Introducere: Persistent left superior vena cava (PLSVC) is found in 0.3% of normal people, while the absence of right superior vena cava (ARSVC) is a very rare con-genital malformation (found in 0.1% of the normal population). Since it is completely asymptomatic, this venous malformation is most often discovered inciden-tally during invasive procedures such as cardiac device implantation or central venous catheter insertion.
Methods: We report the case of a 64 year old male, with a history of ischemic dilated cardiomyopathy, who re-cently had an episode of monomorphic ventricular tachycardia with haemodynamic compromise and re-quired electrical cardioversion before admission. The patient was a smoker, had arterial hypertension and dyslipidemia. He had NYHA class II heart failure symp-toms but no heart failure sign. The electrocardiogram shows a record of sinus rhythm, narrow QRS complex, low voltage in extremity leads and negative T waves in lateral leads. The transthoracic echocardiogram show-ed enlarged heart chambers, severely reduced ejection fraction and the dilation of the coronary sinus.
Results: During the same admission he was scheduled for an cardioverter-defibrillator implantation. Under fluoroscopy, the ICD lead was inserted through the cephalic vein into, what seemed to be the right atrium, but the lead couldn’t be advanced into the right ven-tricle. After the fluoroscopy incidence was changed, it could be noticed that the lead had an extra-cardiac trajectory, being placed into a collateral vein. The lead was extracted and contrast was injected into the left subclavian vein, revealing persistent left superior vena cava draining into the coronary sinus and absence of the right superior vena cava. Therefore, the defibrillator lead was inserted through the LSVC and fixed to the right ventricle septum.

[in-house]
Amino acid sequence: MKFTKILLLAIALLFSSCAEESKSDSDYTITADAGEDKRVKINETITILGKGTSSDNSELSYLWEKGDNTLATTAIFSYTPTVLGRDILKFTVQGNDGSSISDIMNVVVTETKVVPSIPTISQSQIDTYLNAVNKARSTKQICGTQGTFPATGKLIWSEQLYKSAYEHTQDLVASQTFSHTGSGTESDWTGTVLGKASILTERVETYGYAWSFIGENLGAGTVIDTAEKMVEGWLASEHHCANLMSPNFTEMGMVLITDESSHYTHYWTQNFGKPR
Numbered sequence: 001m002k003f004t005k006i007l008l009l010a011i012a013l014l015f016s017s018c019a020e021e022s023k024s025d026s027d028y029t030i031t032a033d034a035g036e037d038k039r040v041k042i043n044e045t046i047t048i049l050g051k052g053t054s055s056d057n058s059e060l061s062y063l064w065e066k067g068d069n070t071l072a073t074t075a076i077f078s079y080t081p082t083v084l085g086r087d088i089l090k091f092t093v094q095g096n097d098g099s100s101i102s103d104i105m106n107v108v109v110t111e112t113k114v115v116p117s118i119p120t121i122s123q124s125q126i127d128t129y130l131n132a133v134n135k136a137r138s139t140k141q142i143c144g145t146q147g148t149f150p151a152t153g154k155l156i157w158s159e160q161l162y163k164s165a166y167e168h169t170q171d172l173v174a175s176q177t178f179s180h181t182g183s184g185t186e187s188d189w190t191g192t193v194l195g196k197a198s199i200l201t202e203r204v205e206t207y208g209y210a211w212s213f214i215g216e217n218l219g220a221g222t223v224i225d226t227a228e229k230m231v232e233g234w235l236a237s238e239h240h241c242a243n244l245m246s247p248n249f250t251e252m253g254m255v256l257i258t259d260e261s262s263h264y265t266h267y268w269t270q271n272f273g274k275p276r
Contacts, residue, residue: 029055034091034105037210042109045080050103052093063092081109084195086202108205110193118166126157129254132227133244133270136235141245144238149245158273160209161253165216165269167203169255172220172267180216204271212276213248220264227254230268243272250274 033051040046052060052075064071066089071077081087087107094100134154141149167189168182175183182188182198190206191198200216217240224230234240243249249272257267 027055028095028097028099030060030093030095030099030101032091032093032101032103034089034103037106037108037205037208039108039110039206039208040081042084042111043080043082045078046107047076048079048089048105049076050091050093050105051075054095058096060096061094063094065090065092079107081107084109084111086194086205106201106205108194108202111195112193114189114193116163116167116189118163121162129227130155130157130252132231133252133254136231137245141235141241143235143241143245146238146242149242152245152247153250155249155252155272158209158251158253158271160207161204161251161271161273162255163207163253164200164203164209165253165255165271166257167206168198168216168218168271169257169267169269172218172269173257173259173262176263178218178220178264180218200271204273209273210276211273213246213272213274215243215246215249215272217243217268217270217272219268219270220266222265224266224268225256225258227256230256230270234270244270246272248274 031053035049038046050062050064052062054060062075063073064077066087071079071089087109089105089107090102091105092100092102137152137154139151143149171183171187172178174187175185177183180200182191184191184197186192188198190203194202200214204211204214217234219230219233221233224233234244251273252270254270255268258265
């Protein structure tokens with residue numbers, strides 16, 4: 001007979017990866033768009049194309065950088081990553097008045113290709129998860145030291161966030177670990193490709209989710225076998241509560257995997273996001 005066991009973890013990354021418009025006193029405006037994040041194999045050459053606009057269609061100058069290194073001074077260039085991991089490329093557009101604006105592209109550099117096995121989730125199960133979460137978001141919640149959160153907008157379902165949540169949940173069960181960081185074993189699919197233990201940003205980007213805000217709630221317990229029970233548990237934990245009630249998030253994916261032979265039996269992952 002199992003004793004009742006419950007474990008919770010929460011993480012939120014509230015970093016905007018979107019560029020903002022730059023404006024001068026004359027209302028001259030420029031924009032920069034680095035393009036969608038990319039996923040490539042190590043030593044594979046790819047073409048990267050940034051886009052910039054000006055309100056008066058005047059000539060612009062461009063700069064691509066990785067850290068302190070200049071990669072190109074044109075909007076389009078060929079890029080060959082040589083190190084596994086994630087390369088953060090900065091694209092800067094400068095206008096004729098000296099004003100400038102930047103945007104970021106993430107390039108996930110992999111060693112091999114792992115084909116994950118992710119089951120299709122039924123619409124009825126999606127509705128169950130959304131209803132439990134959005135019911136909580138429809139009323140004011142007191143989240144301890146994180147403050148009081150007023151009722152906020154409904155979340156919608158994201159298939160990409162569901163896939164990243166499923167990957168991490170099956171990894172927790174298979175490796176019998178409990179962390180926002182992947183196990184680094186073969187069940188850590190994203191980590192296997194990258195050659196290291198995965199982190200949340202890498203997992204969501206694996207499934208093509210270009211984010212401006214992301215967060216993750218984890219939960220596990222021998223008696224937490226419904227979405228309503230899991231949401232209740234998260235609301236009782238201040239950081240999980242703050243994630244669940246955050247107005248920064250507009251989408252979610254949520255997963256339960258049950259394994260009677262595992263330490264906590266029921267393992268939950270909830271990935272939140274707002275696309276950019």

Conclusions: PLSVCC is the most frequent thoracic venous malformation, in 80-90% of the cases coexis-ting with a right superior vena cava. Additionally, it is associated with a high incidence of atrial septal defect, arrhythmia, conduction disturbances and even tetra-logy of Fallot. The patient we presented had isolated PLSVC which an increased venous blood flow causing significant enlargement of the coronary sinus. Even though PLSVC with absent RSVC doesn’t have a sig-nificant haemodinamic impact, knowing about this ve-nous anomaly is useful not only to cardiac surgeons, but also to cardiac devices implanting physicians and those performing anesthesia maneuvers.